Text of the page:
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Re: Contrib -- PostgreSQL shared variables

From: Andrew Piskorski <atp(at)piskorski(dot)com>
To: pgsql-hackers(at)postgresql(dot)org
Cc: pgsql(at)mohawksoft(dot)com, Heikki Linnakangas <hlinnaka(at)iki(dot)fi>
Subject: Re: Contrib -- PostgreSQL shared variables
Date: 2004-08-29 17:48:07
Message-ID: 20040829174807.GA27795@piskorski.com (view raw or flat)
Thread:
Lists: pgsql-hackerspgsql-patches
On Sun, Aug 29, 2004 at 09:24:59AM -0400, pgsql(at)mohawksoft(dot)com wrote:

> Think about a website shopping cart. The session and the things in the
> cart don't matter after 10 or 15 minutes. Most of the time, it will just
> be abandoned. The only time it is important is at checkout. At which point
> it is transfered to an ACID compliant system.

Much of the rest of what you said makes sense, but this is a TERRIBLE
example.  As a user, I have been burned repeatedly by crappy,
non-persistent shopping carts built by developers who, apparently,
agree with you that, "Oh, it's just a shopping cart, no one cares if
it randomly disappears and the user has to start over from scratch."

Nonsense!  Damn it, if put 12 different items in my shopping cart and
then go to lunch, I expect my shopping cart to STILL BE THERE when I
get back!  Note that Amazon does this right, so any ecommerce site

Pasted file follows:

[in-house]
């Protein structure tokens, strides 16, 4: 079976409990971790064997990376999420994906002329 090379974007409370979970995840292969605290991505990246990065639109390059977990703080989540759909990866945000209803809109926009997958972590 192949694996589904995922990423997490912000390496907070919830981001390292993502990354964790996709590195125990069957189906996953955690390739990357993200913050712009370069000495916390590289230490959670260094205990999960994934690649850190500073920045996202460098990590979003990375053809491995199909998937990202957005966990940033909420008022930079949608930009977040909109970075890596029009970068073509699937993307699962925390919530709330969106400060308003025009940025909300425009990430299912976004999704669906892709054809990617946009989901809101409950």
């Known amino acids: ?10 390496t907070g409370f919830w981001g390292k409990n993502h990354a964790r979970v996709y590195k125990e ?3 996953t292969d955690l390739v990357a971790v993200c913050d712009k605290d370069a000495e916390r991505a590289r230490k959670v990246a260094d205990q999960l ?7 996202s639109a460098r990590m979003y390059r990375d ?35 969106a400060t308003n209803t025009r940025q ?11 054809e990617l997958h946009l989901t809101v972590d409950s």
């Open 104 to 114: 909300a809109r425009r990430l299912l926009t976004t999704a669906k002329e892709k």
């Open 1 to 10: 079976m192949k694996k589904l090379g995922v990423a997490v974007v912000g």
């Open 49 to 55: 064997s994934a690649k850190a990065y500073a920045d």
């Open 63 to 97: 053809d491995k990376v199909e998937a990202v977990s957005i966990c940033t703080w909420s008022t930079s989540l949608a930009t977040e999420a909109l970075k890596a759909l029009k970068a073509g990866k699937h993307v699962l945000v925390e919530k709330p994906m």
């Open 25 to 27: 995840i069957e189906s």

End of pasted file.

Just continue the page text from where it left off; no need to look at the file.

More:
doing it WRONG does so at severe peril of losing its customers.

> My session manager on a modern dual PIII can handle 8000 full "get vars,
> set vars" cycles a second.

I don't really see why you need or want to do this in PostgreSQL,
though.  Can't you do it in your web or application server?  (I
certainly can in AOLserver with its nsv API, for example.)

What's the advantage of instead stuffing these in-memory variables
into PostgreSQL?  That it still works correctly and simply even if you
have a farm of 10 separate web servers sitting in front of it?  That
could be useful for certain applications, but is there any more to it
than that?

I've occasionally REALLY wanted a small in-memory ACId (no "D" for
Durability) RDBMS for tracking transient data that doesn't need to go
to disk (and one of these days I will experiment with using SQLite for
that), but that's not what you're talking about, right?  The shared
variables you're talking about here are just simple scalar values, no
tables, no integrity constraints, no MVCC, none of that, right?

-- 
Andrew Piskorski <atp(at)piskorski(dot)com>
http://www.piskorski.com/

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